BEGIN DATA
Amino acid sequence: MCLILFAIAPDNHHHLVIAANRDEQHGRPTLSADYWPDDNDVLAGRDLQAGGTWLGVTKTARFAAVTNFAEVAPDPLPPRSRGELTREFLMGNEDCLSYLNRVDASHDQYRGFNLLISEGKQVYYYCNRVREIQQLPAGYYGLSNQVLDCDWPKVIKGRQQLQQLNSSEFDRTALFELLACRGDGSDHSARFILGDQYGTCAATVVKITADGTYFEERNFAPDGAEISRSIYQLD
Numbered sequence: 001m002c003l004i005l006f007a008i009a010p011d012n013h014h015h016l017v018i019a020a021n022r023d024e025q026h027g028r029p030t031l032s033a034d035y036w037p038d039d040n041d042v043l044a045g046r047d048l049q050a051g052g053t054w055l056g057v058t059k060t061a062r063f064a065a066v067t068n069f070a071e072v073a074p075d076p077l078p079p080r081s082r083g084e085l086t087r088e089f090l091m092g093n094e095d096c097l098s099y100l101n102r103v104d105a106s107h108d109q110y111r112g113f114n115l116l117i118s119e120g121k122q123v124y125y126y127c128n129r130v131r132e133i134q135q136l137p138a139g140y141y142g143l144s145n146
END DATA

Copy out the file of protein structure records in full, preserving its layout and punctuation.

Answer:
Amino acid sequence: MCLILFAIAPDNHHHLVIAANRDEQHGRPTLSADYWPDDNDVLAGRDLQAGGTWLGVTKTARFAAVTNFAEVAPDPLPPRSRGELTREFLMGNEDCLSYLNRVDASHDQYRGFNLLISEGKQVYYYCNRVREIQQLPAGYYGLSNQVLDCDWPKVIKGRQQLQQLNSSEFDRTALFELLACRGDGSDHSARFILGDQYGTCAATVVKITADGTYFEERNFAPDGAEISRSIYQLD
Numbered sequence: 001m002c003l004i005l006f007a008i009a010p011d012n013h014h015h016l017v018i019a020a021n022r023d024e025q026h027g028r029p030t031l032s033a034d035y036w037p038d039d040n041d042v043l044a045g046r047d048l049q050a051g052g053t054w055l056g057v058t059k060t061a062r063f064a065a066v067t068n069f070a071e072v073a074p075d076p077l078p079p080r081s082r083g084e085l086t087r088e089f090l091m092g093n094e095d096c097l098s099y100l101n102r103v104d105a106s107h108d109q110y111r112g113f114n115l116l117i118s119e120g121k122q123v124y125y126y127c128n129r130v131r132e133i134q135q136l137p138a139g140y141y142g143l144s145n146